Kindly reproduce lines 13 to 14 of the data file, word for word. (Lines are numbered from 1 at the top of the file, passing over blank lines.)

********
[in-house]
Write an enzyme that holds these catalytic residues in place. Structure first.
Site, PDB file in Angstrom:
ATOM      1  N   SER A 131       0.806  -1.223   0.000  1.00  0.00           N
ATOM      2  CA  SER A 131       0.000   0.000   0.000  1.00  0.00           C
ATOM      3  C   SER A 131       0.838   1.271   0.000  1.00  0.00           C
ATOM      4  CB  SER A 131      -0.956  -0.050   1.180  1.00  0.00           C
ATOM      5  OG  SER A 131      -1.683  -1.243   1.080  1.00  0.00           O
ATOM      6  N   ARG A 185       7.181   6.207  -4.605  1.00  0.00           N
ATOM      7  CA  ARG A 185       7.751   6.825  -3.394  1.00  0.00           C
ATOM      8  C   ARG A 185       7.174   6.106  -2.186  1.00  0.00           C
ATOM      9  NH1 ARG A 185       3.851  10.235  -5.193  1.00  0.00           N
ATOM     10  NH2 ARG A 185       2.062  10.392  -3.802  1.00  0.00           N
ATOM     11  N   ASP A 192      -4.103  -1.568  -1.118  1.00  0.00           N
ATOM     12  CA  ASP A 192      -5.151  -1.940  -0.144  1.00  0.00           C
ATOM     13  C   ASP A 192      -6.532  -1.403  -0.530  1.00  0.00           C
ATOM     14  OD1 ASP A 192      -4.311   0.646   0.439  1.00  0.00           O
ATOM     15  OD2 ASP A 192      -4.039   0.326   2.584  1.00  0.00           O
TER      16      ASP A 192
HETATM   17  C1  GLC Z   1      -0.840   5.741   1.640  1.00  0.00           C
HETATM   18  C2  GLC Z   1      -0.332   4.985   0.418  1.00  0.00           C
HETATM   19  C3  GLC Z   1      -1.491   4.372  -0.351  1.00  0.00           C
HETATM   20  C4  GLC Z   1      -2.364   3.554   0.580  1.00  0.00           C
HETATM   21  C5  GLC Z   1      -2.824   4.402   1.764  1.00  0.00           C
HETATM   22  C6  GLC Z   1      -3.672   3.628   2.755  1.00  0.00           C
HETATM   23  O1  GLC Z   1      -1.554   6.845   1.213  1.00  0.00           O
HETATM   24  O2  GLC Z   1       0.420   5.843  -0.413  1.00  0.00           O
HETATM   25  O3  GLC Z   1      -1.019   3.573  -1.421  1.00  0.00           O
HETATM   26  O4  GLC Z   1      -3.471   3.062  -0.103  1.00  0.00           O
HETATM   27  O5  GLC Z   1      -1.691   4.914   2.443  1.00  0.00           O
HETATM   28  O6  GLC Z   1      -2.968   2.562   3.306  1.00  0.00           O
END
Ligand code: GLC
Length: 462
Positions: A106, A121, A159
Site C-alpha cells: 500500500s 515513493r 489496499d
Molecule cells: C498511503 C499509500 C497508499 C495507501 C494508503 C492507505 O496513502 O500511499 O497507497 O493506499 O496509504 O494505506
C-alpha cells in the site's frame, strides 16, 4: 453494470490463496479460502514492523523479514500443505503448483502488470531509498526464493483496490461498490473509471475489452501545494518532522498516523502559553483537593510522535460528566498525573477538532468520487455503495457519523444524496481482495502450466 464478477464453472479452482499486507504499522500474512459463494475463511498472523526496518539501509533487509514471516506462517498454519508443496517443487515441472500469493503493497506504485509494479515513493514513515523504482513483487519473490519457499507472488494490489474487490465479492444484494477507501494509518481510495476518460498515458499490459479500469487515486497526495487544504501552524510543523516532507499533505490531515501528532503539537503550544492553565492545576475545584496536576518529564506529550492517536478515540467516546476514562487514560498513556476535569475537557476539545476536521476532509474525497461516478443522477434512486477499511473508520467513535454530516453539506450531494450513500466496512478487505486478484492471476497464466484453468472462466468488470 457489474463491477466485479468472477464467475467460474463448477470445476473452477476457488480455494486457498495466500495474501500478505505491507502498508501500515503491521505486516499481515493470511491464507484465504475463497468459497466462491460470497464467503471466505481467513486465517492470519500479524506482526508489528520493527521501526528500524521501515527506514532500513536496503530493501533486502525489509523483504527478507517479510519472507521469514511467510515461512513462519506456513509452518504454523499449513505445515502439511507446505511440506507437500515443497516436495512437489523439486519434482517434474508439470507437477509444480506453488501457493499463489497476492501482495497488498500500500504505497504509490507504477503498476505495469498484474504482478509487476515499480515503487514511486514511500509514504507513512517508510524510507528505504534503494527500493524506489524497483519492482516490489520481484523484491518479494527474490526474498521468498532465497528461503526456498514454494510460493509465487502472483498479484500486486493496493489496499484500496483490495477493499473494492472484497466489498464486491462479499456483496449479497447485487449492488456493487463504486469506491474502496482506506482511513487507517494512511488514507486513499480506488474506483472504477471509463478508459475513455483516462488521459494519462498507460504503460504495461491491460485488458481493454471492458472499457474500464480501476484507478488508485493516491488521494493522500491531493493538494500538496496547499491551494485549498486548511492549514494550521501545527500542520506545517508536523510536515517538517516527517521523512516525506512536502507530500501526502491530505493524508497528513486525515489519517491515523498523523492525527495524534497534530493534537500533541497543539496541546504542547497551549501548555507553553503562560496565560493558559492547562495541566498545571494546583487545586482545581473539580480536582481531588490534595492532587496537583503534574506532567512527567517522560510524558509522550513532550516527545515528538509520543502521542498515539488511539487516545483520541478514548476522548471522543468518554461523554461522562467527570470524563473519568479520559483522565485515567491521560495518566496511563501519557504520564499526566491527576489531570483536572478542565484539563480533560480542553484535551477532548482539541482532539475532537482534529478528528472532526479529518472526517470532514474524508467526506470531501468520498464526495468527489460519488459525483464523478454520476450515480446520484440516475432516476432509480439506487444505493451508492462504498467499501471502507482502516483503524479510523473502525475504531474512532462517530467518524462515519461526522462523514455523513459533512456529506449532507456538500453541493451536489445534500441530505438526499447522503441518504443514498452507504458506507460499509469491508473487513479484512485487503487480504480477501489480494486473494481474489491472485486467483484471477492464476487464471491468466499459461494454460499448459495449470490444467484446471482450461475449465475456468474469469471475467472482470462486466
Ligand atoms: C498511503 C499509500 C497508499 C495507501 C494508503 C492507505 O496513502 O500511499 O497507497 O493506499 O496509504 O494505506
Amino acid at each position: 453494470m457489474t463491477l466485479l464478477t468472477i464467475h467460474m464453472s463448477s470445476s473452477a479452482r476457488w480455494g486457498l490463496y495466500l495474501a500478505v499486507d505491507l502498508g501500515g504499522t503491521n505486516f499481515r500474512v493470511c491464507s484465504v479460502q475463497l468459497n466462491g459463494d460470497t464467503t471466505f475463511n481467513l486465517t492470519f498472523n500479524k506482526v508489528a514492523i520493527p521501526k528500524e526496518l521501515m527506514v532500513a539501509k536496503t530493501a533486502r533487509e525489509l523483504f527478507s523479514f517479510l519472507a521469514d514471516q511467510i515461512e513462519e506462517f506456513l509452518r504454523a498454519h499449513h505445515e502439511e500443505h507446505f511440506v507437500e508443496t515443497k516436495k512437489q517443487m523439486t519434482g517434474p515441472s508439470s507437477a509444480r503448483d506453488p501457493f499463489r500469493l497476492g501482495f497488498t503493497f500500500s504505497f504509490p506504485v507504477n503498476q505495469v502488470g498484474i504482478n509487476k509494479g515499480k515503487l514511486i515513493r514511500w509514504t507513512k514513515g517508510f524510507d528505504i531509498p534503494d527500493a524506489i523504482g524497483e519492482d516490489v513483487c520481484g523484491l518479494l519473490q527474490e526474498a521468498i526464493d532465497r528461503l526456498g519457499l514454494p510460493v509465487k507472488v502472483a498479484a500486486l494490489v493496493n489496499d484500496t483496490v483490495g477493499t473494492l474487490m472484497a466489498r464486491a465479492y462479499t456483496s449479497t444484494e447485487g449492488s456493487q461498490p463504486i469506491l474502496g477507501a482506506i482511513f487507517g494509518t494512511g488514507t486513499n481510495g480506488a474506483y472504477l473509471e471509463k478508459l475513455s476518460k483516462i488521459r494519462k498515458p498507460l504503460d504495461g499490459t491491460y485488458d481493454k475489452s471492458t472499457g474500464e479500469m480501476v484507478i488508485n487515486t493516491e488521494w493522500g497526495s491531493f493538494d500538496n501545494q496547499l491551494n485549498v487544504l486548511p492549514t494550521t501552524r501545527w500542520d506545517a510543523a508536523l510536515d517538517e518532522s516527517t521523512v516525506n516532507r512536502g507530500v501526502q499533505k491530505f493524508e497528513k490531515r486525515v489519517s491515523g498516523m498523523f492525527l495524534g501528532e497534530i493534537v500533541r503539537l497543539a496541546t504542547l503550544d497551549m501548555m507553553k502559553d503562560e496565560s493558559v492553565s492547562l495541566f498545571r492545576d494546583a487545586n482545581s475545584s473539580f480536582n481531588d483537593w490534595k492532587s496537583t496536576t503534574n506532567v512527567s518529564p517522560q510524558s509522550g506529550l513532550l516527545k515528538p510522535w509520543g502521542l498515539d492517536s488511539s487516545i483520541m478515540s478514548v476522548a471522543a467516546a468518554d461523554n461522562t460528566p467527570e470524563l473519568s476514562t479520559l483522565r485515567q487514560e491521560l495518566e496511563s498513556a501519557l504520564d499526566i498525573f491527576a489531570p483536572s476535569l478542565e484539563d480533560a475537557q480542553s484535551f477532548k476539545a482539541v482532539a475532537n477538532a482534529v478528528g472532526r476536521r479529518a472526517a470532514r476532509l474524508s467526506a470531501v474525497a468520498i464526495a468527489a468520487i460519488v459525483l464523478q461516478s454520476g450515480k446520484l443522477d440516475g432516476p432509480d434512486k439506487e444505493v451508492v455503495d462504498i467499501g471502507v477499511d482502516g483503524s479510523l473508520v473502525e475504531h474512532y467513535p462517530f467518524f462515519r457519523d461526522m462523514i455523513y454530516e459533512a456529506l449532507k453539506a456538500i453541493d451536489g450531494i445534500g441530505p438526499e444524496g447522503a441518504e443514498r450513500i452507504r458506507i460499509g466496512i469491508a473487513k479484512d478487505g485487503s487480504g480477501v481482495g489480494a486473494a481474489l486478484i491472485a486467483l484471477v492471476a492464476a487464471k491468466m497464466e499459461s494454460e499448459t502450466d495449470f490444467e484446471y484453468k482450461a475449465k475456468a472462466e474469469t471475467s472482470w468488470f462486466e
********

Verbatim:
ATOM     10  NH2 ARG A 185       2.062  10.392  -3.802  1.00  0.00           N
ATOM     11  N   ASP A 192      -4.103  -1.568  -1.118  1.00  0.00           N